Washington Post – June 5, 1931
By Bob Considine
Twelve thousand roaring fans last night saw the syndicate’s heavyweight wrestling crown totter on the head of Jim Londos, first hanging precariously on one side and then just caught on the flange of his bitten ear, as Rudy Dusek gave the “Greek gawd” his worst evening since Ray Steele was defeated in New York nearly a month ago.
Londos emerged triumphant in 58 minutes of agony at the hands of the bruiser who had never lost a match in Washington. It was a match which saw the champion in a defensive role throughout, which saw him barely come out of three hitherto unbreakable rocking-cradle holds, which saw him take blows driven from the elbow which would have floored a Civil War statue and it was a match which came to a thrilling death with Dusek prostrate after three airplane spins.
If there had been no finishing coup, Dusek would have won on points. Young, strong and as pugnacious as a movie villain, Dusek asked for no quarter and gave dollars’ worth of energy in what seemed a mighty effort to wrench loose from Londos that much-maligned crown which he won just a year ago next week. Just as fast as Londos, Dusek had a 12-pound weight advantage, buckling the boards at 214.
The bout, itself, will live long in the Commonwealth’s collective memory. It was bloody and unrelenting warfare from the start. The royal blood of the champion flowed freely from a leg scrape, while the common red corpuscles of the challenger resembled nothing describable. Dusek was “open” around the mouth and ears, and sustained general damages when, near the end, Londos hurled him across the ring, through the ropes and plump into Mr. Griffith’s ballfield.
That pitch out of the ring was the turning point of the battle. Dusek returned a bit chastened and subsequently was taken for a ride by way of the airplane spin.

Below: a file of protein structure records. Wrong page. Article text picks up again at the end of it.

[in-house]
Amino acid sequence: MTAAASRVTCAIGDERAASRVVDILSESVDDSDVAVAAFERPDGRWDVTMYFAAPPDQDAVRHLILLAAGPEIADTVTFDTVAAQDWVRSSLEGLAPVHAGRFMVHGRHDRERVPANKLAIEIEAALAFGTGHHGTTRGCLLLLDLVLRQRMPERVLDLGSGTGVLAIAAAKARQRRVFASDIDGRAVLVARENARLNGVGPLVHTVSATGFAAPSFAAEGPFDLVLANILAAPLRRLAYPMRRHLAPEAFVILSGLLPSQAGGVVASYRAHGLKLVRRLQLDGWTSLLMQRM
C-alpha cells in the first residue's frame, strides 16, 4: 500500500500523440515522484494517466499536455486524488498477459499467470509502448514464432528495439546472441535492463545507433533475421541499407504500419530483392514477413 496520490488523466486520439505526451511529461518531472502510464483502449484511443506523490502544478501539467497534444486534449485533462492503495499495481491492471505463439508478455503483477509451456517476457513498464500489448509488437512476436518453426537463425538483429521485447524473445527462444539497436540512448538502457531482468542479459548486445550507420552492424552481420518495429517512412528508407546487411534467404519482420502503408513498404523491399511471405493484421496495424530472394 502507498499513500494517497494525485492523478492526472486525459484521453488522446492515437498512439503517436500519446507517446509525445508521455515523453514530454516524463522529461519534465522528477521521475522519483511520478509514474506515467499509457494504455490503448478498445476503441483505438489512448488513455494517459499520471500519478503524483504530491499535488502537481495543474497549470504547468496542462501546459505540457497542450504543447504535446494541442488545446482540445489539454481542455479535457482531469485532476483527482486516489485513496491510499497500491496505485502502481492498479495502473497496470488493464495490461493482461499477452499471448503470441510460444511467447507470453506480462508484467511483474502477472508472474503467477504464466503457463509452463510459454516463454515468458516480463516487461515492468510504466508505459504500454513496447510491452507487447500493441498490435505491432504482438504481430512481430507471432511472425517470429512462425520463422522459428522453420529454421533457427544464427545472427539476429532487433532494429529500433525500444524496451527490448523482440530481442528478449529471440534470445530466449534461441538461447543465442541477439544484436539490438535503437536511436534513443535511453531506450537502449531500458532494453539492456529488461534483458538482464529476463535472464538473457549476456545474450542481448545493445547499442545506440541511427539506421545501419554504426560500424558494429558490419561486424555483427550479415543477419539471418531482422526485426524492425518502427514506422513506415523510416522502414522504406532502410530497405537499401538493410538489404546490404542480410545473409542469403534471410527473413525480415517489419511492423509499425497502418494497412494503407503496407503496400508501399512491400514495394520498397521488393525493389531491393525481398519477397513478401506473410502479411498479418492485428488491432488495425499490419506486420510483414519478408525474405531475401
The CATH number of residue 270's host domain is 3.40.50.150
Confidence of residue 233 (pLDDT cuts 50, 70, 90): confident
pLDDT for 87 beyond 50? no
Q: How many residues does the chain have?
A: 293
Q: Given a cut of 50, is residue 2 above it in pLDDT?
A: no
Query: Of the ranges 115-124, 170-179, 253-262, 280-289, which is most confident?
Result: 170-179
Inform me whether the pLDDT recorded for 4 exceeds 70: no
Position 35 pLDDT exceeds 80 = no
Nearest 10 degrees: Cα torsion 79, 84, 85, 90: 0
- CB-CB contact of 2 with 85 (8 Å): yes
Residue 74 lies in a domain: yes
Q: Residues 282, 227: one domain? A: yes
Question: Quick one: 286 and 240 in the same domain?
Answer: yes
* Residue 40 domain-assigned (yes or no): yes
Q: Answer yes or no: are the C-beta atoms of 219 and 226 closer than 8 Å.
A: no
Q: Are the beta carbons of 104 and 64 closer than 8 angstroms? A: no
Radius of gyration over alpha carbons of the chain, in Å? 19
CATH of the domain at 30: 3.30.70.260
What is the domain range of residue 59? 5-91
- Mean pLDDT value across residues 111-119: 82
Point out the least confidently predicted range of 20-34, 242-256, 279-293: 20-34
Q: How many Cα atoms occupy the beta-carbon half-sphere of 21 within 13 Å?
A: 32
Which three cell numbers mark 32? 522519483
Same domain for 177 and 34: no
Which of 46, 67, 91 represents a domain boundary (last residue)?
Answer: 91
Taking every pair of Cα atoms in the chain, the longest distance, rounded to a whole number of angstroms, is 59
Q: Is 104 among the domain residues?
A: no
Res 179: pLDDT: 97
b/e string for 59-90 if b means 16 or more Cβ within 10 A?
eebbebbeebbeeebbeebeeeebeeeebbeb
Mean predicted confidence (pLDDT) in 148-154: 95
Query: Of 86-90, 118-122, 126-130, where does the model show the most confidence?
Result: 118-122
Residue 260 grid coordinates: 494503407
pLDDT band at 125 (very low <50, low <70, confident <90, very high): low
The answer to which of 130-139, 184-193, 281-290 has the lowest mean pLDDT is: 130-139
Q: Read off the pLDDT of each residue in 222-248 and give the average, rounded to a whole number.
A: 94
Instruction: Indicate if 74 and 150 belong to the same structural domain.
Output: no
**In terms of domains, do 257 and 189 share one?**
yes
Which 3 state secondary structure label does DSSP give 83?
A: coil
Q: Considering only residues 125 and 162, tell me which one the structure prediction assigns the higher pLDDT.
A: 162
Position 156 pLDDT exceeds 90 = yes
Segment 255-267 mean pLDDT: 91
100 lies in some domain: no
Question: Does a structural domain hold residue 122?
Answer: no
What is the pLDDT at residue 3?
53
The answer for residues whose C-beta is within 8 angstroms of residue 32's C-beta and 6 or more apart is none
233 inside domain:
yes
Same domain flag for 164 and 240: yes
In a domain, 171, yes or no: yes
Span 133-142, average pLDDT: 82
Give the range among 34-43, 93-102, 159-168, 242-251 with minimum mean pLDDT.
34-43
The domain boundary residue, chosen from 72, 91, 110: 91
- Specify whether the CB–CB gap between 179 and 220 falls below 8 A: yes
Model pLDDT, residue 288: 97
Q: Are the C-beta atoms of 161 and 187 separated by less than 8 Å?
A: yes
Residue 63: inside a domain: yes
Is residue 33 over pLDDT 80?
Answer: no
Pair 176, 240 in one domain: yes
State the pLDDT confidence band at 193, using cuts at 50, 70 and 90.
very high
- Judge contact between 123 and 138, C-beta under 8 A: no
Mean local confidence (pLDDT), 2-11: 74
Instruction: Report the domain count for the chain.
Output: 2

The crowd was in an uproar throughout the 58 minutes, as Londos’ shoulders strained but a fraction of an inch away from the mat and the beetle-browed challenger mauled and wheezed. Londos seemed closest to defeat on two of Rudy’s cradle rocks. Dusek’s other decisive holds were a crab lock, with half the bout gone; a series of arm strangles, and a head scissors which served as a lever with which to bang the champion’s head against the canvas with blows which resounded out to the sun parlor.
Londos, like his ancient forebear, grew stronger near the end. He bounded up from the mat with redoubled vigor in the last five minutes to quell the human wildcat he was pitted against. He gained his greatest Washington ovation as he left the ring. It reverberated nearly as wide as did the tumultuous cheer for Dusek.
If gore is what the patrons wanted – and that seemed to fill the bill – the Dick Daviscourt-Frank Brunowicz brawl supplied it in bucketfuls. This was no wrestling match, although Daviscourt pinned his man to the mat after 17 minutes. It was toe-to-toe hitting throughout, the winner going down once for the count of five.
Jim McNamara, the former Hilltopper, and now athletic director of the Jewish Community Center, lost his first professional match to Sun Jennings, the Indian, in seven minutes. “Mac,” given one of the big cheers of the night, showed promise in losing. He gained the first real hold of the match – a good armlock – but being butted out of the ring and a series of flying tackles subdued him.
Joe Turner, owner of the ring, paid a return visit to Marlo “Justa” Giglio and tossed his guest in 27 minutes with a cradle clamp, and Leon Hyatt, substituting for Sandor Szabo, tugged at old Tiger Nelson for 30 minutes to no decision. While the patrons were filing in, one Cyclone Williams rendered Firpo Wilcox horizontal in 11 minutes, with what is known, and respected, as a flying tackle.